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On April 14th, 1865 Lewis Powell stabbed Secretary of State William Henry Seward to death at Seward's home in Washington D.C. This was part of John Wilkes Booth's conspiracy to assassinate the heads of the United States's Executive Branch. Powell was captured at Mary Surratt's boarding house and executed, by hanging, on July 7th, 1865.
Seward was an advocate of American expansion throughout the Western Hemisphere. He was also an advocate of the Monroe Doctrine, which aimed to prevent European expansion in the Americas. After Seward's death, President Andrew Johnson's administration was consumed by the post-Civil War Reconstruction of the South and largely ignored foreign affairs.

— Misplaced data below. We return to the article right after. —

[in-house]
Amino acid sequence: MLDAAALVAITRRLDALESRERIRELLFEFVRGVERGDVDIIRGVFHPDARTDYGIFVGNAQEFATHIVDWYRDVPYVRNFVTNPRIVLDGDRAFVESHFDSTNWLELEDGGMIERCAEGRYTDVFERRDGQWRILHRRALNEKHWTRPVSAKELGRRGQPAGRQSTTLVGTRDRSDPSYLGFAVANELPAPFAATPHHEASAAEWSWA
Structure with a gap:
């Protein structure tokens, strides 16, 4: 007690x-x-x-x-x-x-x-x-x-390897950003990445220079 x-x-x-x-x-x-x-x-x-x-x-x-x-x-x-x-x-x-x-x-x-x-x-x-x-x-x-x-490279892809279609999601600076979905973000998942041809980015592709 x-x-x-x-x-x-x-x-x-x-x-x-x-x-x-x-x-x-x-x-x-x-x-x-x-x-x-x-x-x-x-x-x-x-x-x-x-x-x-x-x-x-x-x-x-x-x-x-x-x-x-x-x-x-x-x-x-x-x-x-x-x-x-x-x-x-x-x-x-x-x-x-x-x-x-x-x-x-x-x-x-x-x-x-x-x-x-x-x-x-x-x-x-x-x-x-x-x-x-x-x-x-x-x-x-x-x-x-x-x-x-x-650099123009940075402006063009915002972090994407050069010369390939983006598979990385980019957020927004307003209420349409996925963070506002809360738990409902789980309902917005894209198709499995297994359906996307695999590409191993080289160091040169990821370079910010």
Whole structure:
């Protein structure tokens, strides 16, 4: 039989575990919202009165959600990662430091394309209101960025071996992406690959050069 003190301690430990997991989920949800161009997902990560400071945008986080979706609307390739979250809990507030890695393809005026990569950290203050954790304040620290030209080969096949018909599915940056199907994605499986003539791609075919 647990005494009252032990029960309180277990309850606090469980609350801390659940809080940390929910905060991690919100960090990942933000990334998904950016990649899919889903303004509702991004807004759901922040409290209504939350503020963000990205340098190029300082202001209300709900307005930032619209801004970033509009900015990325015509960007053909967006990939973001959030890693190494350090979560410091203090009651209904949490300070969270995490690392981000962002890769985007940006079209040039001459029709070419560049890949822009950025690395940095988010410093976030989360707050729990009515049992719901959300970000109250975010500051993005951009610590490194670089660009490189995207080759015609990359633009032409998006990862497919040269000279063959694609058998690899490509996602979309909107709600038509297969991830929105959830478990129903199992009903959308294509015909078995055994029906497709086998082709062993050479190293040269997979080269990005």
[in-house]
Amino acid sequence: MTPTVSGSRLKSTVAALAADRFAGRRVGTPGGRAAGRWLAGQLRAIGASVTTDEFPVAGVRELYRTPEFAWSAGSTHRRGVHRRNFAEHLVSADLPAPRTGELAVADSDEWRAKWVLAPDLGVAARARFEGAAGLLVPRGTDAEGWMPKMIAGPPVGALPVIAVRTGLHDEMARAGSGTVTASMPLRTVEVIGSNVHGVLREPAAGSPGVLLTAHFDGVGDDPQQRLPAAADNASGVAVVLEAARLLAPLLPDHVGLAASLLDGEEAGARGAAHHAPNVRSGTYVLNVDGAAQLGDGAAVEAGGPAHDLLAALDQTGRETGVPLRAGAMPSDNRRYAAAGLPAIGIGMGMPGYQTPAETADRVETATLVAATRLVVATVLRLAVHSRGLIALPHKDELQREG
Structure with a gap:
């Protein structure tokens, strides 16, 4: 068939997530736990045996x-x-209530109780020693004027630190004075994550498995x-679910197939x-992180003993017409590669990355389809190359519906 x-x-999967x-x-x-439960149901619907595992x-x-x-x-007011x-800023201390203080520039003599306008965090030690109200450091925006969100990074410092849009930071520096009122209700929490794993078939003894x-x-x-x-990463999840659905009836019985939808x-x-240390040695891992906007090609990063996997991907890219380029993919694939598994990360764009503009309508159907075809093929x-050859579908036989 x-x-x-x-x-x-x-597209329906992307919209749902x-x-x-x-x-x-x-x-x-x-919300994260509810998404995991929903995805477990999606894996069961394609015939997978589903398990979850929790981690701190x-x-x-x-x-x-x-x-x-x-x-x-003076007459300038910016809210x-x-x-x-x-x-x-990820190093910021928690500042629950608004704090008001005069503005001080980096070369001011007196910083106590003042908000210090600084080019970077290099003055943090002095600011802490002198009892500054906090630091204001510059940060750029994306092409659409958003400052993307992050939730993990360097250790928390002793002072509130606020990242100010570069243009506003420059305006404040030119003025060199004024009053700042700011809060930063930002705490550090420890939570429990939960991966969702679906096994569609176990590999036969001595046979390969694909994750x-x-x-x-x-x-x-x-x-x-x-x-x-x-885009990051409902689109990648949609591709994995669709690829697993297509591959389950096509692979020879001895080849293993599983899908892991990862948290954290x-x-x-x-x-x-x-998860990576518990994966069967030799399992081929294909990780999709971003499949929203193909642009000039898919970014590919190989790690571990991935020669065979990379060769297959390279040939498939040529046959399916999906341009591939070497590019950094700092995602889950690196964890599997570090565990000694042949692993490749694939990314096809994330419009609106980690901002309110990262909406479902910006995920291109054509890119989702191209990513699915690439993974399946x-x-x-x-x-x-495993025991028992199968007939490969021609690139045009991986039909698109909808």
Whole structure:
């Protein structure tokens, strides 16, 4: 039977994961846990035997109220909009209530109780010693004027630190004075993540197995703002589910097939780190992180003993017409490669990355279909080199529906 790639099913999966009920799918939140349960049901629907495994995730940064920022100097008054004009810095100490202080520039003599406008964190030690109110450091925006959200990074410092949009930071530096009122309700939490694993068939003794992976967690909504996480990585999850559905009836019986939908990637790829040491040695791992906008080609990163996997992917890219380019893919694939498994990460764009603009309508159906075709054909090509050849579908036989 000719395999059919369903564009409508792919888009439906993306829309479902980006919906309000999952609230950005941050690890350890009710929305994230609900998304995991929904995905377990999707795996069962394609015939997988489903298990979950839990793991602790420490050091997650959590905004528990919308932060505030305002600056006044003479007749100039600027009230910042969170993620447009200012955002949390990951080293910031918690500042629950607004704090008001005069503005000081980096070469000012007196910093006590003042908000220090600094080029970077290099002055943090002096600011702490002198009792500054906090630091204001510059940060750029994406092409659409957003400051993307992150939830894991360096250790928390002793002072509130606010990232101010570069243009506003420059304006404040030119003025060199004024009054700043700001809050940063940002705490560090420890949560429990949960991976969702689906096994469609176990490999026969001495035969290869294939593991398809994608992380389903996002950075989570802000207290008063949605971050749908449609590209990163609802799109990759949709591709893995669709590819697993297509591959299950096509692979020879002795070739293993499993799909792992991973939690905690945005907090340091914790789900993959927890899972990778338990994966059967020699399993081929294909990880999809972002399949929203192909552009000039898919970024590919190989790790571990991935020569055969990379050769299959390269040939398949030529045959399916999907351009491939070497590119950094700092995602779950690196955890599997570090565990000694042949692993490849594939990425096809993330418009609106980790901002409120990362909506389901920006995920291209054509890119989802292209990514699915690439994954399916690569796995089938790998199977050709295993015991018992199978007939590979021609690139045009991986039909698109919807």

Seward was an outspoken critic of the Second French Empire's occupation of Mexico in 1861 and the installation of Austrian archduke Maximilian as Emperor of Mexico in 1864. Seward was unable to intervene, however, because of the ongoing American Civil War. After the war, the Johnson administration was too occupied with the Reconstruction of the South, and later with Johnson's impeachment, to directly deal with Mexico, although General Ulysses S. Grant and General Philip Sheridan covertly aided the Mexican resistance.
In 1867 Eduard de Stoeckl, the Russian envoy to the United States, approached the US State Department. Russia wanted to sell it's North American land to the United States, but the Johnson Administration saw little value the largely undeveloped, sub-arctic Russian America, and passed-up the offer.